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Syria on my Mind: The Subjugation of Pomerania

One of the things I have tried to show via this blog is how modern video games, like a good book or a good movie, can shed light on geopolitical events.  This is not that startling: military and political scientists have been using "games theory" for a very long time to simulate the world of real politik.   Games are very good at this because they can smartly abstract the salient military and political principles that are operative in our world, thereby making them easier to digest.  So, for example, in my last post I showed how DICE's first person shooter Battlefield 3 captures an essentially correct vision of high intensity warfare in the Persian Gulf, making it a game I believe every politician should play at least once before glibly voting for another Gulf war (especially in light of the fact that a mere 21.8% of congress have actual military experience).  In the specifics it might not come close to real combat, but it does capture the fundamentals of it, and that can be as effective a teaching tool as any multimillion dollar military simulator, something most people will never have access to in their life.

People who don't game and/or are ignorant of games theory would probably be surprised at how often, and how well, most modern video games succeed as teachers.  Heck, sometimes I am surprised at the lessons unexpectedly imparted to me by video games.  Take, for example, what happened to me last night in a session of Paradox's superlative Crusader Kings 2 (you might want to hit play on this vid before you start reading)....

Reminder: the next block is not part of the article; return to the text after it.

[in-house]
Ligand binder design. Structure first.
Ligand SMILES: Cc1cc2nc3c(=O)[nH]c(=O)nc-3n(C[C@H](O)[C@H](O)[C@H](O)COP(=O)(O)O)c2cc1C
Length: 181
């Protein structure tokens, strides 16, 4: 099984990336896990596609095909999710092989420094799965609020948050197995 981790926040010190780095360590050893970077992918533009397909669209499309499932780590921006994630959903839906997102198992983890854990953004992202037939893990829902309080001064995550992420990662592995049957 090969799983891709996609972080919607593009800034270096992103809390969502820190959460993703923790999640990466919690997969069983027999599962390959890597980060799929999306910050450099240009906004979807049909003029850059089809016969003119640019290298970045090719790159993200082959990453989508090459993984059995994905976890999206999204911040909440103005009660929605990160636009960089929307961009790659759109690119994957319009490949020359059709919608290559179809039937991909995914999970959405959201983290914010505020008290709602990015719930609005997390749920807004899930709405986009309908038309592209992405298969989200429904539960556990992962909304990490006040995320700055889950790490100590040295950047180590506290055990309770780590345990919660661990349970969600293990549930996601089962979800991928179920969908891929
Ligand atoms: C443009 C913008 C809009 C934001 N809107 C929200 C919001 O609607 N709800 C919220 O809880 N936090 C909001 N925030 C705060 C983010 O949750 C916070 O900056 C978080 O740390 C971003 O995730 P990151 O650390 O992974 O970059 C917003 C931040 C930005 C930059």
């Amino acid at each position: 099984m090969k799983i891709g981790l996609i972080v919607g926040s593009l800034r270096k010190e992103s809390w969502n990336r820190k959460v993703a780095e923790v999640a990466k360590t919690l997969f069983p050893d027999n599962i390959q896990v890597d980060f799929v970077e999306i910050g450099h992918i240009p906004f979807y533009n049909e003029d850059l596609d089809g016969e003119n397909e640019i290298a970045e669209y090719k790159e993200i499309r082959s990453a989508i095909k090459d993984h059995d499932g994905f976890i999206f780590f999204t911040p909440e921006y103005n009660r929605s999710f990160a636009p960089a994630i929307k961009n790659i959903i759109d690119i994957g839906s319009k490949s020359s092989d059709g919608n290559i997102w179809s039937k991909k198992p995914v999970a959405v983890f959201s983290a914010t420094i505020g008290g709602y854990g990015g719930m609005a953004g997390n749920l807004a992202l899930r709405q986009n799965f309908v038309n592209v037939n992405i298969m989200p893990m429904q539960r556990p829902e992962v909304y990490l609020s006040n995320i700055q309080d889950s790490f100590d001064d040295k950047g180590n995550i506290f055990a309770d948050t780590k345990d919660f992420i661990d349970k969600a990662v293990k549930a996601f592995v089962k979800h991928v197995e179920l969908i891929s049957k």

If you don't know, Crusader Kings 2 is a grand strategy game that masterfully captures the dynastic politics of the medieval era.  Basically, Crusader Kings 2 is to gaming what Game of Thrones is to television (if you like one, you are sure to like the other!).  In my current campaign, I was playing the part of the fictional Viking warlord Geirr Saar of Aland.  As you can see in this family tree, he was a fourth generation Nordic crime lord:

Unfortunately for Geirr, he was not very good at one important aspect of being a viking warlord: enlarging his domain.  You see, the Saar family has been suffering through some hard times for the past 150 odd years.  The founder of the clan, Warlord Orni (top right), was the only successful family member in this regard.  During his lifetime, he managed to expand his territory's domain from his home on the island of Aland to parts of Finland.  Unfortunately for Orni, he would also lose much of that land due to the machinations of his liege, as well as to the scheming of his son, Sappo.  As such, Geirr, like the previous two generations, found himself trapped on the rustic island of his birth (very similar to Game of Thrones' Ironborn, no?)